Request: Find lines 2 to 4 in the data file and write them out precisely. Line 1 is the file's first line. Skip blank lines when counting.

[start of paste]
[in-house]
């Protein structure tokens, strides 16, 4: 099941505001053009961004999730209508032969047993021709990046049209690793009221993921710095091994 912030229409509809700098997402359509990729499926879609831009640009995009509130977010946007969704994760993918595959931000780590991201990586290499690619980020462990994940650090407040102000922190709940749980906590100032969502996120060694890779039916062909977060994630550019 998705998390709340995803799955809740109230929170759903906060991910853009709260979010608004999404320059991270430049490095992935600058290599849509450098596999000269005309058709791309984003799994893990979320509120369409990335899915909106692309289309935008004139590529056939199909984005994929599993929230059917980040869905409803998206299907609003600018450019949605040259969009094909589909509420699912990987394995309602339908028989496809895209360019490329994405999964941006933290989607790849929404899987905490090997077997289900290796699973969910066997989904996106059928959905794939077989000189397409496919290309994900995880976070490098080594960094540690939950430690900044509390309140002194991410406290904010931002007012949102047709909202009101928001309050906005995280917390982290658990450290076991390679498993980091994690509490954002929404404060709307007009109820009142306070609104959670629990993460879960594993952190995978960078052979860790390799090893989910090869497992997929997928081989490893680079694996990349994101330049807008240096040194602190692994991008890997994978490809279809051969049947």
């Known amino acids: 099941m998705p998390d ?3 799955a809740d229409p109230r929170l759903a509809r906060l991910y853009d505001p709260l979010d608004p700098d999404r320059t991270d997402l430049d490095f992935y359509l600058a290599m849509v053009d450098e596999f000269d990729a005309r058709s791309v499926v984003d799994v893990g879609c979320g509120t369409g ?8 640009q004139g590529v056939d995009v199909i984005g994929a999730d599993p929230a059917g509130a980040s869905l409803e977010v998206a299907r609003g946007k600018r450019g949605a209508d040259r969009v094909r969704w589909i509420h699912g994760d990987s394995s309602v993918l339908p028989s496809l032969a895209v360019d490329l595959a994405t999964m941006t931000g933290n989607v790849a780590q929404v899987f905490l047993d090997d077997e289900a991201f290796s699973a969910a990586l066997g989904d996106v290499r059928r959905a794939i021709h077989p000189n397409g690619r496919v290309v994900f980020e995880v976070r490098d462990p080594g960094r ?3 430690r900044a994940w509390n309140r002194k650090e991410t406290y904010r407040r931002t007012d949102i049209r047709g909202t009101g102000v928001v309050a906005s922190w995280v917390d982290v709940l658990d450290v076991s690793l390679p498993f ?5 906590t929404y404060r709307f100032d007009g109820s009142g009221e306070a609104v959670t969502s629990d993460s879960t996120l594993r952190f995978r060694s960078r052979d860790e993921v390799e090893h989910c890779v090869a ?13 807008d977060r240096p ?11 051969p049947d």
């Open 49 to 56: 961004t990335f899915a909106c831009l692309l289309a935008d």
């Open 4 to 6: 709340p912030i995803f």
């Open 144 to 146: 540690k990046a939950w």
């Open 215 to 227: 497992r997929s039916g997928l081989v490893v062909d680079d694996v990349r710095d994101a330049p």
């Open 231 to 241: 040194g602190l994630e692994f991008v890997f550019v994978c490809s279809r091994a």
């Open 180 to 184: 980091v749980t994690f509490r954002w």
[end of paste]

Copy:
């Protein structure tokens, strides 16, 4: 099941505001053009961004999730209508032969047993021709990046049209690793009221993921710095091994 912030229409509809700098997402359509990729499926879609831009640009995009509130977010946007969704994760993918595959931000780590991201990586290499690619980020462990994940650090407040102000922190709940749980906590100032969502996120060694890779039916062909977060994630550019 998705998390709340995803799955809740109230929170759903906060991910853009709260979010608004999404320059991270430049490095992935600058290599849509450098596999000269005309058709791309984003799994893990979320509120369409990335899915909106692309289309935008004139590529056939199909984005994929599993929230059917980040869905409803998206299907609003600018450019949605040259969009094909589909509420699912990987394995309602339908028989496809895209360019490329994405999964941006933290989607790849929404899987905490090997077997289900290796699973969910066997989904996106059928959905794939077989000189397409496919290309994900995880976070490098080594960094540690939950430690900044509390309140002194991410406290904010931002007012949102047709909202009101928001309050906005995280917390982290658990450290076991390679498993980091994690509490954002929404404060709307007009109820009142306070609104959670629990993460879960594993952190995978960078052979860790390799090893989910090869497992997929997928081989490893680079694996990349994101330049807008240096040194602190692994991008890997994978490809279809051969049947």
């Known amino acids: 099941m998705p998390d ?3 799955a809740d229409p109230r929170l759903a509809r906060l991910y853009d505001p709260l979010d608004p700098d999404r320059t991270d997402l430049d490095f992935y359509l600058a290599m849509v053009d450098e596999f000269d990729a005309r058709s791309v499926v984003d799994v893990g879609c979320g509120t369409g ?8 640009q004139g590529v056939d995009v199909i984005g994929a999730d599993p929230a059917g509130a980040s869905l409803e977010v998206a299907r609003g946007k600018r450019g949605a209508d040259r969009v094909r969704w589909i509420h699912g994760d990987s394995s309602v993918l339908p028989s496809l032969a895209v360019d490329l595959a994405t999964m941006t931000g933290n989607v790849a780590q929404v899987f905490l047993d090997d077997e289900a991201f290796s699973a969910a990586l066997g989904d996106v290499r059928r959905a794939i021709h077989p000189n397409g690619r496919v290309v994900f980020e995880v976070r490098d462990p080594g960094r ?3 430690r900044a994940w509390n309140r002194k650090e991410t406290y904010r407040r931002t007012d949102i049209r047709g909202t009101g102000v928001v309050a906005s922190w995280v917390d982290v709940l658990d450290v076991s690793l390679p498993f ?5 906590t929404y404060r709307f100032d007009g109820s009142g009221e306070a609104v959670t969502s629990d993460s879960t996120l594993r952190f995978r060694s960078r052979d860790e993921v390799e090893h989910c890779v090869a ?13 807008d977060r240096p ?11 051969p049947d």
């Open 49 to 56: 961004t990335f899915a909106c831009l692309l289309a935008d």